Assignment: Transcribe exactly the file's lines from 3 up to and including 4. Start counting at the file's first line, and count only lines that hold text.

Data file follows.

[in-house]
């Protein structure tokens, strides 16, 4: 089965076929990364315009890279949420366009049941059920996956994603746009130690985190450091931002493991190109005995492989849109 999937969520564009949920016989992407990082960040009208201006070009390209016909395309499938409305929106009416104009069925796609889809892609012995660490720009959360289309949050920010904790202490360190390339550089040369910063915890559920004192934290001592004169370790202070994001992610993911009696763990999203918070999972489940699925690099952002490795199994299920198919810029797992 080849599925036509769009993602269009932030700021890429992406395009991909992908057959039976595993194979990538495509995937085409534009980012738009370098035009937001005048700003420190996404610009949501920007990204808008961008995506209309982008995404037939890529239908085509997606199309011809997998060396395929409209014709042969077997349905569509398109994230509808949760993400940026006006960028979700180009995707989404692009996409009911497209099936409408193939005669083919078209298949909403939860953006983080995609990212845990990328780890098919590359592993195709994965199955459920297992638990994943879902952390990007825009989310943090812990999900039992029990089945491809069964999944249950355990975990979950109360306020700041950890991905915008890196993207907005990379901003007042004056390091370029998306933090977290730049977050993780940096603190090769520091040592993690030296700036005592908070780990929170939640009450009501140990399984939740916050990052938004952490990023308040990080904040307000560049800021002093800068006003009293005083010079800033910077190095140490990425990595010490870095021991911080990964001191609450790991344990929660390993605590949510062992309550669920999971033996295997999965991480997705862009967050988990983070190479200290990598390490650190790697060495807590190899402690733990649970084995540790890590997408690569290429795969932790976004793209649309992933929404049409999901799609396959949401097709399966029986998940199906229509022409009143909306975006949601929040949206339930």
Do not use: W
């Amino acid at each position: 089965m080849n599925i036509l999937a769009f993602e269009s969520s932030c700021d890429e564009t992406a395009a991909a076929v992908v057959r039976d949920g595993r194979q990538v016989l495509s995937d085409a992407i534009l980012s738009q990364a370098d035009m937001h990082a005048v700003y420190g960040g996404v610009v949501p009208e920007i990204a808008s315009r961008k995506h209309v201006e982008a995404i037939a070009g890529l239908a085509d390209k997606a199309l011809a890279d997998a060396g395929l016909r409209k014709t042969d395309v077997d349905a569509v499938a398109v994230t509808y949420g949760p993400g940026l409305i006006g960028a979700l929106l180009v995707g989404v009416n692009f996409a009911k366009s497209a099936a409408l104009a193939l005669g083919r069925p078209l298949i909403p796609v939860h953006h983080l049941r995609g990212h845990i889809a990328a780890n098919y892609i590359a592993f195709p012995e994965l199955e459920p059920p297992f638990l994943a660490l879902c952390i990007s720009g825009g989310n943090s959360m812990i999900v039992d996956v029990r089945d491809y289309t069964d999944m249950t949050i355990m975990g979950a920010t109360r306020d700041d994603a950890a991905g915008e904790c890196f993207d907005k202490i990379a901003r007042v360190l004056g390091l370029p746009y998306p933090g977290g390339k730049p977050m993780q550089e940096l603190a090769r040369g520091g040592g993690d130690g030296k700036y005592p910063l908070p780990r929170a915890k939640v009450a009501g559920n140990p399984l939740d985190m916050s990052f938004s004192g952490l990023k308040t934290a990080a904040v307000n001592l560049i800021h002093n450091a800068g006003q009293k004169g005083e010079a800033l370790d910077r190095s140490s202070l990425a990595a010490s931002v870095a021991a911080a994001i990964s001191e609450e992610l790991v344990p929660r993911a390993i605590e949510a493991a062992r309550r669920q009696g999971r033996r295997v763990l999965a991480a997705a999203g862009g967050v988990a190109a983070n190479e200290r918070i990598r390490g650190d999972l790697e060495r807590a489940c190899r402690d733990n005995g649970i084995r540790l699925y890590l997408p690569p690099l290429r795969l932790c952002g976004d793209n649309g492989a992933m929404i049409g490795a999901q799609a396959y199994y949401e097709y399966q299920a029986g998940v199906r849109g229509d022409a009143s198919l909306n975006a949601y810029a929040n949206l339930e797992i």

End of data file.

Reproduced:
Do not use: W
């Amino acid at each position: 089965m080849n599925i036509l999937a769009f993602e269009s969520s932030c700021d890429e564009t992406a395009a991909a076929v992908v057959r039976d949920g595993r194979q990538v016989l495509s995937d085409a992407i534009l980012s738009q990364a370098d035009m937001h990082a005048v700003y420190g960040g996404v610009v949501p009208e920007i990204a808008s315009r961008k995506h209309v201006e982008a995404i037939a070009g890529l239908a085509d390209k997606a199309l011809a890279d997998a060396g395929l016909r409209k014709t042969d395309v077997d349905a569509v499938a398109v994230t509808y949420g949760p993400g940026l409305i006006g960028a979700l929106l180009v995707g989404v009416n692009f996409a009911k366009s497209a099936a409408l104009a193939l005669g083919r069925p078209l298949i909403p796609v939860h953006h983080l049941r995609g990212h845990i889809a990328a780890n098919y892609i590359a592993f195709p012995e994965l199955e459920p059920p297992f638990l994943a660490l879902c952390i990007s720009g825009g989310n943090s959360m812990i999900v039992d996956v029990r089945d491809y289309t069964d999944m249950t949050i355990m975990g979950a920010t109360r306020d700041d994603a950890a991905g915008e904790c890196f993207d907005k202490i990379a901003r007042v360190l004056g390091l370029p746009y998306p933090g977290g390339k730049p977050m993780q550089e940096l603190a090769r040369g520091g040592g993690d130690g030296k700036y005592p910063l908070p780990r929170a915890k939640v009450a009501g559920n140990p399984l939740d985190m916050s990052f938004s004192g952490l990023k308040t934290a990080a904040v307000n001592l560049i800021h002093n450091a800068g006003q009293k004169g005083e010079a800033l370790d910077r190095s140490s202070l990425a990595a010490s931002v870095a021991a911080a994001i990964s001191e609450e992610l790991v344990p929660r993911a390993i605590e949510a493991a062992r309550r669920q009696g999971r033996r295997v763990l999965a991480a997705a999203g862009g967050v988990a190109a983070n190479e200290r918070i990598r390490g650190d999972l790697e060495r807590a489940c190899r402690d733990n005995g649970i084995r540790l699925y890590l997408p690569p690099l290429r795969l932790c952002g976004d793209n649309g492989a992933m929404i049409g490795a999901q799609a396959y199994y949401e097709y399966q299920a029986g998940v199906r849109g229509d022409a009143s198919l909306n975006a949601y810029a929040n949206l339930e797992i």